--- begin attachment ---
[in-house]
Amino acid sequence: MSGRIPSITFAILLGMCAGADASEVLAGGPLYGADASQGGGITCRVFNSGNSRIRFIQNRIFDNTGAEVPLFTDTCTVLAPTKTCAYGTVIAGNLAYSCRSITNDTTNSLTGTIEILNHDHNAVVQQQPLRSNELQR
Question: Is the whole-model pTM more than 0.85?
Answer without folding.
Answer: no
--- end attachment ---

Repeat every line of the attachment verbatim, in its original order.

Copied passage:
[in-house]
Amino acid sequence: MSGRIPSITFAILLGMCAGADASEVLAGGPLYGADASQGGGITCRVFNSGNSRIRFIQNRIFDNTGAEVPLFTDTCTVLAPTKTCAYGTVIAGNLAYSCRSITNDTTNSLTGTIEILNHDHNAVVQQQPLRSNELQR
Question: Is the whole-model pTM more than 0.85?
Answer without folding.
Answer: no